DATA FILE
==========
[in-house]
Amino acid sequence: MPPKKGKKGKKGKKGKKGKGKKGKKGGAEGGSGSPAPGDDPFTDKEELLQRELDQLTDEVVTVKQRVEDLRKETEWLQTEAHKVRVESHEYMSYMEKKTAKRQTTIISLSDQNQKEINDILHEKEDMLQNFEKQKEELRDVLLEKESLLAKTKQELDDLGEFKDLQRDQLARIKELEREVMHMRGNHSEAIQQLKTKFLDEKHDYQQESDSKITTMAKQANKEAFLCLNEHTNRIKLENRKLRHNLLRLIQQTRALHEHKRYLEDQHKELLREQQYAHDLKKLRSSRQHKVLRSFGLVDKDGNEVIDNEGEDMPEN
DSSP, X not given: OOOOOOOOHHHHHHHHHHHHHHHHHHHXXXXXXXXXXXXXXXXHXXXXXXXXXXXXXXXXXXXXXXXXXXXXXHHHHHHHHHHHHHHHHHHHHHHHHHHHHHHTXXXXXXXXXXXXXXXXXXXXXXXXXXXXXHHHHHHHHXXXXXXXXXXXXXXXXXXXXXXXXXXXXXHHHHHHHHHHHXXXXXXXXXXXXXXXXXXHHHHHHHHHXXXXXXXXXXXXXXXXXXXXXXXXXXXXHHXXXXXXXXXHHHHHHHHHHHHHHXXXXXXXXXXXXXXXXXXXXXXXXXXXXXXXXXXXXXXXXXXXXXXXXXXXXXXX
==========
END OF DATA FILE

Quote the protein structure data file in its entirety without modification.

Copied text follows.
[in-house]
Amino acid sequence: MPPKKGKKGKKGKKGKKGKGKKGKKGGAEGGSGSPAPGDDPFTDKEELLQRELDQLTDEVVTVKQRVEDLRKETEWLQTEAHKVRVESHEYMSYMEKKTAKRQTTIISLSDQNQKEINDILHEKEDMLQNFEKQKEELRDVLLEKESLLAKTKQELDDLGEFKDLQRDQLARIKELEREVMHMRGNHSEAIQQLKTKFLDEKHDYQQESDSKITTMAKQANKEAFLCLNEHTNRIKLENRKLRHNLLRLIQQTRALHEHKRYLEDQHKELLREQQYAHDLKKLRSSRQHKVLRSFGLVDKDGNEVIDNEGEDMPEN
DSSP, X not given: OOOOOOOOHHHHHHHHHHHHHHHHHHHXXXXXXXXXXXXXXXXHXXXXXXXXXXXXXXXXXXXXXXXXXXXXXHHHHHHHHHHHHHHHHHHHHHHHHHHHHHHTXXXXXXXXXXXXXXXXXXXXXXXXXXXXXHHHHHHHHXXXXXXXXXXXXXXXXXXXXXXXXXXXXXHHHHHHHHHHHXXXXXXXXXXXXXXXXXXHHHHHHHHHXXXXXXXXXXXXXXXXXXXXXXXXXXXXHHXXXXXXXXXHHHHHHHHHHHHHHXXXXXXXXXXXXXXXXXXXXXXXXXXXXXXXXXXXXXXXXXXXXXXXXXXXXXXX